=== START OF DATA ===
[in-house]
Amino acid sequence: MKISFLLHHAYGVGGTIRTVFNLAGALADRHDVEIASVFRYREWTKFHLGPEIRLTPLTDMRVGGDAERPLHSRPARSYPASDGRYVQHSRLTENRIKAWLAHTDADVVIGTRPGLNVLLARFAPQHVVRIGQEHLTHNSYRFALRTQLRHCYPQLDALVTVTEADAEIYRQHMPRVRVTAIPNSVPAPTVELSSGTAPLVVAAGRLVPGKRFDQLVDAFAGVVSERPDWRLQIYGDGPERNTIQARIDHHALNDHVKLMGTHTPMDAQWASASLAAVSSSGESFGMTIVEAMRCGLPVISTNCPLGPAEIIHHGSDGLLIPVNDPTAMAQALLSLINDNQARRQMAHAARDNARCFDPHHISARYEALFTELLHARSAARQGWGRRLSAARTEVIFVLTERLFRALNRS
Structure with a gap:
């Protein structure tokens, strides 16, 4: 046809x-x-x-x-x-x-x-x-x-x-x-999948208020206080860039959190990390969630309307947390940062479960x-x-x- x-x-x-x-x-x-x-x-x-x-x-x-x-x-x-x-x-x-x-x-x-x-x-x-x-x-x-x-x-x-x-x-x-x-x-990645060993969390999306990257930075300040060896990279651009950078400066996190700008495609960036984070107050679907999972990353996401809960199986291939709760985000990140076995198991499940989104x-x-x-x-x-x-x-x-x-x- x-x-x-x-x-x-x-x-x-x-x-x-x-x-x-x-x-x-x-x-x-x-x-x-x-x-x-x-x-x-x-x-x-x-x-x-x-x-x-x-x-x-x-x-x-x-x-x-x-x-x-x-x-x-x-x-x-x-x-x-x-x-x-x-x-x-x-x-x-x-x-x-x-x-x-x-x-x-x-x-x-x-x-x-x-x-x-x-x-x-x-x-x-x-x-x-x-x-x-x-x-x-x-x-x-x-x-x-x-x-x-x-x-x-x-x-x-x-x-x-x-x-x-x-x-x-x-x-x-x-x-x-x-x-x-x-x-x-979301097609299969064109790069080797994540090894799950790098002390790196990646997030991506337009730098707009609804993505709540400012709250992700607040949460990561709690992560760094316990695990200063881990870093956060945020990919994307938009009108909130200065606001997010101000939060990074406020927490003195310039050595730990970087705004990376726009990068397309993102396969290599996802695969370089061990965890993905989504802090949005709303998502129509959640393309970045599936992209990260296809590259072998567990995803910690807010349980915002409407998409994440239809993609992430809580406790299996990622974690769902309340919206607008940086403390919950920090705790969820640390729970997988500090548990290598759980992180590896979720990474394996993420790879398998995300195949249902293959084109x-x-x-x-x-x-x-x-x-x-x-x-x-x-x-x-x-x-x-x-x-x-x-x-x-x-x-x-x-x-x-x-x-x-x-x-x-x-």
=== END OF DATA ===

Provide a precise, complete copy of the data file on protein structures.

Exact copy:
[in-house]
Amino acid sequence: MKISFLLHHAYGVGGTIRTVFNLAGALADRHDVEIASVFRYREWTKFHLGPEIRLTPLTDMRVGGDAERPLHSRPARSYPASDGRYVQHSRLTENRIKAWLAHTDADVVIGTRPGLNVLLARFAPQHVVRIGQEHLTHNSYRFALRTQLRHCYPQLDALVTVTEADAEIYRQHMPRVRVTAIPNSVPAPTVELSSGTAPLVVAAGRLVPGKRFDQLVDAFAGVVSERPDWRLQIYGDGPERNTIQARIDHHALNDHVKLMGTHTPMDAQWASASLAAVSSSGESFGMTIVEAMRCGLPVISTNCPLGPAEIIHHGSDGLLIPVNDPTAMAQALLSLINDNQARRQMAHAARDNARCFDPHHISARYEALFTELLHARSAARQGWGRRLSAARTEVIFVLTERLFRALNRS
Structure with a gap:
């Protein structure tokens, strides 16, 4: 046809x-x-x-x-x-x-x-x-x-x-x-999948208020206080860039959190990390969630309307947390940062479960x-x-x- x-x-x-x-x-x-x-x-x-x-x-x-x-x-x-x-x-x-x-x-x-x-x-x-x-x-x-x-x-x-x-x-x-x-x-990645060993969390999306990257930075300040060896990279651009950078400066996190700008495609960036984070107050679907999972990353996401809960199986291939709760985000990140076995198991499940989104x-x-x-x-x-x-x-x-x-x- x-x-x-x-x-x-x-x-x-x-x-x-x-x-x-x-x-x-x-x-x-x-x-x-x-x-x-x-x-x-x-x-x-x-x-x-x-x-x-x-x-x-x-x-x-x-x-x-x-x-x-x-x-x-x-x-x-x-x-x-x-x-x-x-x-x-x-x-x-x-x-x-x-x-x-x-x-x-x-x-x-x-x-x-x-x-x-x-x-x-x-x-x-x-x-x-x-x-x-x-x-x-x-x-x-x-x-x-x-x-x-x-x-x-x-x-x-x-x-x-x-x-x-x-x-x-x-x-x-x-x-x-x-x-x-x-x-x-979301097609299969064109790069080797994540090894799950790098002390790196990646997030991506337009730098707009609804993505709540400012709250992700607040949460990561709690992560760094316990695990200063881990870093956060945020990919994307938009009108909130200065606001997010101000939060990074406020927490003195310039050595730990970087705004990376726009990068397309993102396969290599996802695969370089061990965890993905989504802090949005709303998502129509959640393309970045599936992209990260296809590259072998567990995803910690807010349980915002409407998409994440239809993609992430809580406790299996990622974690769902309340919206607008940086403390919950920090705790969820640390729970997988500090548990290598759980992180590896979720990474394996993420790879398998995300195949249902293959084109x-x-x-x-x-x-x-x-x-x-x-x-x-x-x-x-x-x-x-x-x-x-x-x-x-x-x-x-x-x-x-x-x-x-x-x-x-x-």